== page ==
Table of Content

    30 July 2015, Volume 6 Issue 4 Previous Issue    Next Issue
    Karst Ecosystem
    Karst Ecosystem: An Ecosystem on Carbonate Rocks
    LI Wenhua, CAO Jianhua
    2015, 6 (4):  197-198.  doi: 10.5814/j.issn.1674-764x.2015.04.001
    Abstract ( )   HTML ( )   PDF (171KB) ( )   Save
    Karst ecosystem is an ecosystem constrained by karst environment. A series of unique characteristics of karst ecosystem are originated from carbonate rock. In China, the area with karst landform covers a total area of 3.44 million km2, accounting for one third of the whole land area of the country. The bare karst terrain covers an area of 907 000 km2, which mainly distributed in southern of China, with Guizhou Province as the center, and about 40% of the poverty-stricken people live there. During the period of the 11th-Five-Year Plan (2006–2010) and the 12th Five-Year Plan (2011–2015), the national program of “Integrated Control of Rocky Desertification in Karst” has been implemented in this region.
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    Spatial Distribution Patterns and the Evolution Process of Carbon Storage in a Typical Karst Canyon Area
    ZHANG Siyu, BAI Xiaoyong, WANG Shijie, QIN Luoyi, LI Panlong, LUO Guangjie and LI Yue
    2015, 6 (4):  199-207.  doi: 10.5814/j.issn.1674-764x.2015.04.002
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    Qinglong County in Guizhou, China is a typical karst canyon area. Using quadrat methods and a land use transfer matrix we studied the carbon storage spatial distribution pattern and evolution process over three independent periods (1988, 1999 and 2009) in this area. Based on the results we estimated the carbon pool capacity of the entire karst canyon area in Guizhou and contribution ratios. Carbon storage and average carbon density of the karst area in Qinglong decreased at first, and then increased over the sampling period. The actual carbon storage of the karst canyon area in Guizhou was estimated to be 42.55 Tg. The average carbon intensity of the karst canyon area in Guizhou is far higher than that of national terrestrial ecosystems, especially in vegetation areas. Through cross comparison, we found that karst canyon areas have great carbon sequestration potential and we suggest that it is necessary to control and prevent rocky desertification in karst areas in China.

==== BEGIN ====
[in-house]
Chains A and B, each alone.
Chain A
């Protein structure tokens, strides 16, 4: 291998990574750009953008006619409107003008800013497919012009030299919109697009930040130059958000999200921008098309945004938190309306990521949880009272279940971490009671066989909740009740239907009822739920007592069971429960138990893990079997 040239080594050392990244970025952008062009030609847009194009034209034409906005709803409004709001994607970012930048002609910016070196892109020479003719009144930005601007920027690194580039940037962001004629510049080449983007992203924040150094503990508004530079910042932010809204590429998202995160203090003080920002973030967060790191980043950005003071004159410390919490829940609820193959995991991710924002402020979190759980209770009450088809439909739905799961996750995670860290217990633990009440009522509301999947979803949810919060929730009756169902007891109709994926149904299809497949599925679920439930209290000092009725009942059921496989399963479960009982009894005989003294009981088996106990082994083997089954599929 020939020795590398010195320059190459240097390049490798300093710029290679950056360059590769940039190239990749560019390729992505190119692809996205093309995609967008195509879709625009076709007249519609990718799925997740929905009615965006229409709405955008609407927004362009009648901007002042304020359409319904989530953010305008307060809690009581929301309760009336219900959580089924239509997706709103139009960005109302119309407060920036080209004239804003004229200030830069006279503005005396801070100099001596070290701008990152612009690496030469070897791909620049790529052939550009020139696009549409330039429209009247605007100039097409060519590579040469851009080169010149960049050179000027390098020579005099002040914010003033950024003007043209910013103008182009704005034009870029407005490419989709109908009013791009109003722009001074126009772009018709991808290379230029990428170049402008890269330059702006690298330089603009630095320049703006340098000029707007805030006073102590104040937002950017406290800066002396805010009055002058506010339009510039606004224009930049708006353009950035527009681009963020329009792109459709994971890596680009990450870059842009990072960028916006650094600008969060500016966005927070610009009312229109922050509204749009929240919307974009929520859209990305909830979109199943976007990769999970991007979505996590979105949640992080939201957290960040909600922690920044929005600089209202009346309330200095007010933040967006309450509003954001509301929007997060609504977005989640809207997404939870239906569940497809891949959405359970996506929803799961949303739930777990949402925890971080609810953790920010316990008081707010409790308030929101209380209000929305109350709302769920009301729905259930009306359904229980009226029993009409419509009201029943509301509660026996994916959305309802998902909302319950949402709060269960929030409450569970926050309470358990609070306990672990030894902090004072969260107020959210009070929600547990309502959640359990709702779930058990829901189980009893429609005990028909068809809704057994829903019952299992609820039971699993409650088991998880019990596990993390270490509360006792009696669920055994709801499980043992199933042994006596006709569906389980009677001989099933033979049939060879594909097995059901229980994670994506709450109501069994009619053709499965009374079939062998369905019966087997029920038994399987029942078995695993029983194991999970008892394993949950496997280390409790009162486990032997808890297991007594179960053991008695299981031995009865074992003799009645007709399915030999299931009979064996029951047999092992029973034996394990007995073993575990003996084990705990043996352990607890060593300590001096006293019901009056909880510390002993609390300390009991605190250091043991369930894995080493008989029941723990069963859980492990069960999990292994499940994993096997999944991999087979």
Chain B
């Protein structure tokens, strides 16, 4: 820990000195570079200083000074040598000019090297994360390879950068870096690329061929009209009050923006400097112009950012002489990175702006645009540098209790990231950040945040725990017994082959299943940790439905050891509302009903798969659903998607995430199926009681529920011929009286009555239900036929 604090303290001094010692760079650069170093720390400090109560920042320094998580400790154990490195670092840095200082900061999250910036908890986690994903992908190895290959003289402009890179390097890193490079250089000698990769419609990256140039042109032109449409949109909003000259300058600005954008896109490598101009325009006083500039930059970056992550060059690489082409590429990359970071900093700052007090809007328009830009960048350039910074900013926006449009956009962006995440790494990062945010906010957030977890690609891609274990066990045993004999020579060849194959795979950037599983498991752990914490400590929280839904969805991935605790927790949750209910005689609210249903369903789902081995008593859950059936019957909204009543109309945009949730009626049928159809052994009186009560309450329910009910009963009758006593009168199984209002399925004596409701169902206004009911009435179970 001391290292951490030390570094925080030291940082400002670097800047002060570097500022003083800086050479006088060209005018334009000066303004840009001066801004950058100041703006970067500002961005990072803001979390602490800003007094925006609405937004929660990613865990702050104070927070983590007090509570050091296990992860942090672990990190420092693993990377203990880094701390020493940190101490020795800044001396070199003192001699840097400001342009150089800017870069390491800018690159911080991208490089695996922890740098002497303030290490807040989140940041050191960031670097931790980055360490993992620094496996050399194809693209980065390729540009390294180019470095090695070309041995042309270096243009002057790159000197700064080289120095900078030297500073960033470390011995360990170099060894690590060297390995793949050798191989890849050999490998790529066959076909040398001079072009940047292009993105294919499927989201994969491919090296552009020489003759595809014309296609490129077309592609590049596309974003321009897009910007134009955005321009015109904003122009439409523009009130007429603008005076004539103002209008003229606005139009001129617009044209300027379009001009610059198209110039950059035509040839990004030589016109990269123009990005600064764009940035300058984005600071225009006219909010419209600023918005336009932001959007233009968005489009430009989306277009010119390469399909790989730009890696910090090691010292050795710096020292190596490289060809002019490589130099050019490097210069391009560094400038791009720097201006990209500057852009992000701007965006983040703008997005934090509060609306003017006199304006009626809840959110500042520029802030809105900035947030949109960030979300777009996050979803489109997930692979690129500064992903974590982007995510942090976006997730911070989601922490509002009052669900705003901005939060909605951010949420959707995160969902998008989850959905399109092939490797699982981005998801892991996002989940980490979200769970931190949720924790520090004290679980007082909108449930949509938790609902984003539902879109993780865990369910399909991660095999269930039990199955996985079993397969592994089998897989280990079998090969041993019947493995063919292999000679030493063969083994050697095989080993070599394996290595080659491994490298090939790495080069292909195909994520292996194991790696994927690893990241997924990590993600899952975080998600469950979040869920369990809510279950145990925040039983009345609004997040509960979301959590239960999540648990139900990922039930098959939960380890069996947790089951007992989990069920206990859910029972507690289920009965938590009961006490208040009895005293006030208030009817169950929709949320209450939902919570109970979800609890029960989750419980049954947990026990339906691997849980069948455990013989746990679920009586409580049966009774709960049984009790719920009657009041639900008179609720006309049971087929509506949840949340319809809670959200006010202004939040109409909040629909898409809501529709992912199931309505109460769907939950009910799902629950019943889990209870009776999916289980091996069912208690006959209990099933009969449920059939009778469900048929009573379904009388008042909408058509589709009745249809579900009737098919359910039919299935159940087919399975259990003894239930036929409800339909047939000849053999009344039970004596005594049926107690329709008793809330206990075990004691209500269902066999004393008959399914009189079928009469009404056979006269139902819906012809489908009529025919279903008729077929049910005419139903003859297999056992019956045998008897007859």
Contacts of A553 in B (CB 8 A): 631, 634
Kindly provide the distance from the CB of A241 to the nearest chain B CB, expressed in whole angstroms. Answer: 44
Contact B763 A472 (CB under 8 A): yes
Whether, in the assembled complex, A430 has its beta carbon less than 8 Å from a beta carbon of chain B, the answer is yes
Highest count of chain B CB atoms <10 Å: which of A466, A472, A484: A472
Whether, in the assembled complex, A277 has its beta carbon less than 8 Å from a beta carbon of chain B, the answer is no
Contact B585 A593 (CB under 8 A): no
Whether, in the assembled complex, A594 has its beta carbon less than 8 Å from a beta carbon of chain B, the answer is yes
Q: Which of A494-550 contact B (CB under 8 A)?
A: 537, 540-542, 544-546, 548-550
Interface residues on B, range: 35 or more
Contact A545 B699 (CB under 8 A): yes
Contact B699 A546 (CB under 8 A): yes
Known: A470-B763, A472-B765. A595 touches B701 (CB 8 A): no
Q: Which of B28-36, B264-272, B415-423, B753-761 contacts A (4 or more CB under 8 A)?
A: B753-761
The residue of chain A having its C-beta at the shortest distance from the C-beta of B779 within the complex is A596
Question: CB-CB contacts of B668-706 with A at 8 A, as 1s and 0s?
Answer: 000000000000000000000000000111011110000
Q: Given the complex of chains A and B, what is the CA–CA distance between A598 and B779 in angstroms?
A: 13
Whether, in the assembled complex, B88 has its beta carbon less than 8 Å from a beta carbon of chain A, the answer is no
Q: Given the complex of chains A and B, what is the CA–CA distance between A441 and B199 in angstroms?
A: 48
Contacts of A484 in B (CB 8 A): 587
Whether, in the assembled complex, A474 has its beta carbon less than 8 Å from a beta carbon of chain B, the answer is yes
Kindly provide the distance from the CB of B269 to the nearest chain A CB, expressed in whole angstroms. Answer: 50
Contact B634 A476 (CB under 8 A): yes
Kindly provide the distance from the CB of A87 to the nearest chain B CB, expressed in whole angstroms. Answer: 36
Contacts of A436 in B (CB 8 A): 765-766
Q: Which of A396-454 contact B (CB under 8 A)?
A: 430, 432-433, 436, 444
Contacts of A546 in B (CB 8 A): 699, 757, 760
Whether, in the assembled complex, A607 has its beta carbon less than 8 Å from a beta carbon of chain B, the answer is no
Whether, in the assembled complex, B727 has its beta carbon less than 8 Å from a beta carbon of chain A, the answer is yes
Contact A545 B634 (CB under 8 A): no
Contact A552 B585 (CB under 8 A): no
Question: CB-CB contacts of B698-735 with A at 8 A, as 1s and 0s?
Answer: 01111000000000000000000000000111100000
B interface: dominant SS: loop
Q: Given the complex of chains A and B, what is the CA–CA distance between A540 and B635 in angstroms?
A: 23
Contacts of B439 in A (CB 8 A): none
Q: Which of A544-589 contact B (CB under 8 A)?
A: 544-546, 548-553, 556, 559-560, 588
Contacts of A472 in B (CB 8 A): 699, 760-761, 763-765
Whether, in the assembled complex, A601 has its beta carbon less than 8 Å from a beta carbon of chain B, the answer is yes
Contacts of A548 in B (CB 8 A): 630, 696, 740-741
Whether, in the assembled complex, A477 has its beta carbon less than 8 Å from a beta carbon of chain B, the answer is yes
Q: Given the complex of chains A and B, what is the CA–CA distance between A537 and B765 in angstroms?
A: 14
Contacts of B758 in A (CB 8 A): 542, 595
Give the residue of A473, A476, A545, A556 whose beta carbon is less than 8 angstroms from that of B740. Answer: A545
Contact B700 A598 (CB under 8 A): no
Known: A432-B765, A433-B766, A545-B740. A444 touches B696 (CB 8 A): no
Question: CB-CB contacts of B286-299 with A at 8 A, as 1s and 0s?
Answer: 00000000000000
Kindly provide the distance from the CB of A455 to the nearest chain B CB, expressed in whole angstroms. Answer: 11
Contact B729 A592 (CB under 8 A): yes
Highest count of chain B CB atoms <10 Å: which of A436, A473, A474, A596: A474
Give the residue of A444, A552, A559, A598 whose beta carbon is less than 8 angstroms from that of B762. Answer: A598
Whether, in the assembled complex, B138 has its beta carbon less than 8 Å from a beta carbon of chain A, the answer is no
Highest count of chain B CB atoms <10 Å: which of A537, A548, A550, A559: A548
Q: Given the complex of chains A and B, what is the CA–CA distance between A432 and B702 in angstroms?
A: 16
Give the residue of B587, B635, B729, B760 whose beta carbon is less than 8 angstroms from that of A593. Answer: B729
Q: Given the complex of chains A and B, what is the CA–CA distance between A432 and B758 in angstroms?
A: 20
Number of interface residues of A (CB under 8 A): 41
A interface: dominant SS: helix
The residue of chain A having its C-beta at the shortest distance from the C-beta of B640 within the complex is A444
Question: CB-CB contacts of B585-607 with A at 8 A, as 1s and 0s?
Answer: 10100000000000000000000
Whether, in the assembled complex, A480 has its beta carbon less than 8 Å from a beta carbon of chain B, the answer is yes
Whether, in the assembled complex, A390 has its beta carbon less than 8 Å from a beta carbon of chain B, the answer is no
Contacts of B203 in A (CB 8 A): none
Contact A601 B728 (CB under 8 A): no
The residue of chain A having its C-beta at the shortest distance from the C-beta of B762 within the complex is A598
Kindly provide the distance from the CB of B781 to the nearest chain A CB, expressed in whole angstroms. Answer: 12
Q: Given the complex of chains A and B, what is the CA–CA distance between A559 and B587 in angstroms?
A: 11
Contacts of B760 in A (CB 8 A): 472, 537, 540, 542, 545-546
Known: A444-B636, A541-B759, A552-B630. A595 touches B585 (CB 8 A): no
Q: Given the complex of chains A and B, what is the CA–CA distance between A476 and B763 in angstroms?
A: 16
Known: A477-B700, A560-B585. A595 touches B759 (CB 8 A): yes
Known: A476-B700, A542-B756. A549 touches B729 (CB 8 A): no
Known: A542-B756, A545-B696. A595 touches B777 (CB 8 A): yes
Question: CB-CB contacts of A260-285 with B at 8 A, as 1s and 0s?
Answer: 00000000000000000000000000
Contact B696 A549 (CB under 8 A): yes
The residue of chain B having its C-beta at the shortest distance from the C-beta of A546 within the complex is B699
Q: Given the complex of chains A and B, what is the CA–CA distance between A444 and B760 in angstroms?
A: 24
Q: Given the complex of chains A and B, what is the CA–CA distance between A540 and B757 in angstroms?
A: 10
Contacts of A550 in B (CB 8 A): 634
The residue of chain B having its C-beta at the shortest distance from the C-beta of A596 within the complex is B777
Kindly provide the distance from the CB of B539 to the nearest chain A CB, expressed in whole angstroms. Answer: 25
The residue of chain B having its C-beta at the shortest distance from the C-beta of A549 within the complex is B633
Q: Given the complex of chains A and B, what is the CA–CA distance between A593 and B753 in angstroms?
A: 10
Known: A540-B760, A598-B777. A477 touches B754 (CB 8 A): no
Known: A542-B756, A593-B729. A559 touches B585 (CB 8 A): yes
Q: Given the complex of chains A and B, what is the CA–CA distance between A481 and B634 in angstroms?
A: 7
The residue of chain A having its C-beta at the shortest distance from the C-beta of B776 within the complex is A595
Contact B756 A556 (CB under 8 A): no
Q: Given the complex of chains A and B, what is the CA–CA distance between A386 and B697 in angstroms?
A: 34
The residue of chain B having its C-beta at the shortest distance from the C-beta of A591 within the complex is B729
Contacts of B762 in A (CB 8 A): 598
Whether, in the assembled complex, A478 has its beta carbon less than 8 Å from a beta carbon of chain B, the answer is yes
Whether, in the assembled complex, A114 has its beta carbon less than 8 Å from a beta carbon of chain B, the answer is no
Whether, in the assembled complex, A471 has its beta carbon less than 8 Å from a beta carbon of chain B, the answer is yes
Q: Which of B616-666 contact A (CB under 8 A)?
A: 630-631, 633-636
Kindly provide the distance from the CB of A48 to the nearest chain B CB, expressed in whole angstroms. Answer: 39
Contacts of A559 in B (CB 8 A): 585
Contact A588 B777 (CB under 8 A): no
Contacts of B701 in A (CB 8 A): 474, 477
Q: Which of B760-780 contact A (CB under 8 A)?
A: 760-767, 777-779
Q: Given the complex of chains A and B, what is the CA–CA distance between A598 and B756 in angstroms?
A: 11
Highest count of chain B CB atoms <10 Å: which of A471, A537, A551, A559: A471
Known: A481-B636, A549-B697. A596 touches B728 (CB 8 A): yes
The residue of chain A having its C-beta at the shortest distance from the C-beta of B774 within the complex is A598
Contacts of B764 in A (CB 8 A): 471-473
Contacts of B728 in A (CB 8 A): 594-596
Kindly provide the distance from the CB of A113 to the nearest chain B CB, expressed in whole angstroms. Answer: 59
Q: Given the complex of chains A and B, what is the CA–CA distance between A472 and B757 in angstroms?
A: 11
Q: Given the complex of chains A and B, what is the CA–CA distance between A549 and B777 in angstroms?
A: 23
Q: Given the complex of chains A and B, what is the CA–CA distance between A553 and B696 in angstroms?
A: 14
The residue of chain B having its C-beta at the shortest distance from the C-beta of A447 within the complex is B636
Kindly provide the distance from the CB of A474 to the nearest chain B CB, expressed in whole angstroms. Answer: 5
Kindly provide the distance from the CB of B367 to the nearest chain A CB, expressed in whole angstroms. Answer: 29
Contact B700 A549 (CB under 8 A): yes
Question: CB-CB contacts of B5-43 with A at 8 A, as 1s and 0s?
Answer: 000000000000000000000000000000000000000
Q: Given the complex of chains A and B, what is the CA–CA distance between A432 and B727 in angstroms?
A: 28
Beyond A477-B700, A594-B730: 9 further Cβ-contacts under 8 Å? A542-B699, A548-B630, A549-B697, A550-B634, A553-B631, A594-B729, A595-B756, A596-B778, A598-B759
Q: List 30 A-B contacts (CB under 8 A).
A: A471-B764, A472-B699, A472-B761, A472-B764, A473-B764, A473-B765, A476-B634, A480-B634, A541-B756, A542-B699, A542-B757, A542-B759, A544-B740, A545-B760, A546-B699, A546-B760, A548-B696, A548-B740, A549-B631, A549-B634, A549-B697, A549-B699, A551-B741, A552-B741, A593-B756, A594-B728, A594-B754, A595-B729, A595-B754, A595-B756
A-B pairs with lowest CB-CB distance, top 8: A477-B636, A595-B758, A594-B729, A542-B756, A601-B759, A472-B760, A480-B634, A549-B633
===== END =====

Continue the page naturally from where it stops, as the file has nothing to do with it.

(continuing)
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    A Comparison of Tree Species Diversity in Two Subtropical Forests, Guangxi, Southwest China
    XIANG Wusheng,DING Tao, Lü Shihong and LI Xiankun
    2015, 6 (4):  208-216.  doi: 10.5814/j.issn.1674-764x.2015.04.003
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    Natural karst forests can support very high level of biodiversity, but difference of species diversity between the natural karst forests and non-karst forests is still less concerned. To analyze the difference of species diversity of the natural karst forests and non-karst forests in subtropics, we made a census of all woody species with diameter at breast height (dbh)≥1 cm in a 1-ha plot in Mulun subtropical karst forests and a 1-ha plot in Maoershan subtropical non-karst forests, Guangxi of south-western China. Species richness in Mulun plot (120 species) was higher than that in Maoershan plot (116 species). Mulun plot contained more families and genera, more stems and a larger proportion of rare species (species of individuals less than or equal to 1 ha-1). At smaller scale (<4000 m2), species accumulation rate in Mulun plot was lower than that in Maoershan plot, and it was reversed at larger scale (>5000 m2). Total basal area in Mulun plot (18.47 m2) was smaller than that in Maoershan plot (30.74 m2). Size structure distribution of all woody species in the two plots showed insignificant difference. The ten most dominant species, families and genera were quite different in the two plots. In Mulun plot, the most important species and family were Sinosideroxylon wightianum and Sapindaceae, while in Maoershan plot, Castanopsis carlesii and Fagaceae were the most important species and family. All these results suggest that middle subtropical natural karst forest in Mulun supports diverse species with high spatial variability, and their species composition are quite different with non-karst forests. This study implies that special attention is needed on selecting suitable species in karst forest restoration and vegetation management strategies.
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    The Degradation Rate of Straw Returned to Limestone Soil and the Effect on Soil Fertility
    HUANG Fen,WEI Hongqun and CAO Jianhua
    2015, 6 (4):  217-223.  doi: 10.5814/j.issn.1674-764x.2015.04.004
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    Limestone soil is a poor quality soil with a low rate of nutrient supply due to the accumulation of organic carbon. Here, we examined the degradation of maize straw in limestone soil and red soil using indoor simulation. Dynamic testing was conducted on soil chemical properties and soil fertility. We found that the degradation rate of straw in karst soil is higher than for non-karst soil. The highest degradation rate of straw occurred during the first 60 d, after which it rose slowly and balanced out at 98 d. The peak value of degradation of straw in karst soil was found at 28 d, while that in non-karst soil occurred at 42 d. The total period of degradation lasted 160 d; the degradation rate of straw in karst soil and non-karst soil was 77% and 75%, respectively. During the period of straw degradation, the pH of soil tended to decrease in the early stage and rise slowly in later stages and this is consistent with the pattern of degradation products during different stages of straw degradation. Straw return to fields can increase soil fertility, and the growth rate of available N and K content is significant. Compared to karst soil, the content of various fertility indicators in non-karst areas were lower according to total content tests, although the increase (percentage) in non-karst area was higher; available P and K content were found to be higher in non-karst areas according to availability tests. Some available nutrients in straw return can be more readily released in non-karst soil, while karst soil can contribute to the accumulation of total nutrient content due to its special soil texture features, the firm binding of many nutrients with clay minerals and the slow supply of nutrients.